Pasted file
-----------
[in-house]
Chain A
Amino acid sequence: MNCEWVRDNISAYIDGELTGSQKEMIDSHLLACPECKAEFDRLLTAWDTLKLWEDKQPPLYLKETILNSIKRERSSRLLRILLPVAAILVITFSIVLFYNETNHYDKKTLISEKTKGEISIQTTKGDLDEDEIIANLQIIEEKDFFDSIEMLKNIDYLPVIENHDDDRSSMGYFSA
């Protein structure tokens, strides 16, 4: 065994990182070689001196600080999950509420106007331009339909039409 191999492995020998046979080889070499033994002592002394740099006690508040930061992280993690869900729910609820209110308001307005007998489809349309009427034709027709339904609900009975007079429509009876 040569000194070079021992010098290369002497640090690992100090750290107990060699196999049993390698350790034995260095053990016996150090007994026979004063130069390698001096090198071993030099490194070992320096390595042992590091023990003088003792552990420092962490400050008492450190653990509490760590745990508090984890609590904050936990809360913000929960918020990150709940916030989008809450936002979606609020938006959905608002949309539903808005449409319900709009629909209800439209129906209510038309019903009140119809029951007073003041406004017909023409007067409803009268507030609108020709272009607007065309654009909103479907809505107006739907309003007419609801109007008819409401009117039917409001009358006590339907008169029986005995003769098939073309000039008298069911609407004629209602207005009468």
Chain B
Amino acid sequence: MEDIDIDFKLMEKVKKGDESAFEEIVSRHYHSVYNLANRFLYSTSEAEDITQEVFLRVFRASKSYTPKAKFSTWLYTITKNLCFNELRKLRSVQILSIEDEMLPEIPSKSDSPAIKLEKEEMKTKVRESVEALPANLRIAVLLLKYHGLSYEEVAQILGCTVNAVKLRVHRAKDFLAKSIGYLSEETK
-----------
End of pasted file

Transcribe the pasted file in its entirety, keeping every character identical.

[in-house]
Chain A
Amino acid sequence: MNCEWVRDNISAYIDGELTGSQKEMIDSHLLACPECKAEFDRLLTAWDTLKLWEDKQPPLYLKETILNSIKRERSSRLLRILLPVAAILVITFSIVLFYNETNHYDKKTLISEKTKGEISIQTTKGDLDEDEIIANLQIIEEKDFFDSIEMLKNIDYLPVIENHDDDRSSMGYFSA
């Protein structure tokens, strides 16, 4: 065994990182070689001196600080999950509420106007331009339909039409 191999492995020998046979080889070499033994002592002394740099006690508040930061992280993690869900729910609820209110308001307005007998489809349309009427034709027709339904609900009975007079429509009876 040569000194070079021992010098290369002497640090690992100090750290107990060699196999049993390698350790034995260095053990016996150090007994026979004063130069390698001096090198071993030099490194070992320096390595042992590091023990003088003792552990420092962490400050008492450190653990509490760590745990508090984890609590904050936990809360913000929960918020990150709940916030989008809450936002979606609020938006959905608002949309539903808005449409319900709009629909209800439209129906209510038309019903009140119809029951007073003041406004017909023409007067409803009268507030609108020709272009607007065309654009909103479907809505107006739907309003007419609801109007008819409401009117039917409001009358006590339907008169029986005995003769098939073309000039008298069911609407004629209602207005009468």
Chain B
Amino acid sequence: MEDIDIDFKLMEKVKKGDESAFEEIVSRHYHSVYNLANRFLYSTSEAEDITQEVFLRVFRASKSYTPKAKFSTWLYTITKNLCFNELRKLRSVQILSIEDEMLPEIPSKSDSPAIKLEKEEMKTKVRESVEALPANLRIAVLLLKYHGLSYEEVAQILGCTVNAVKLRVHRAKDFLAKSIGYLSEETK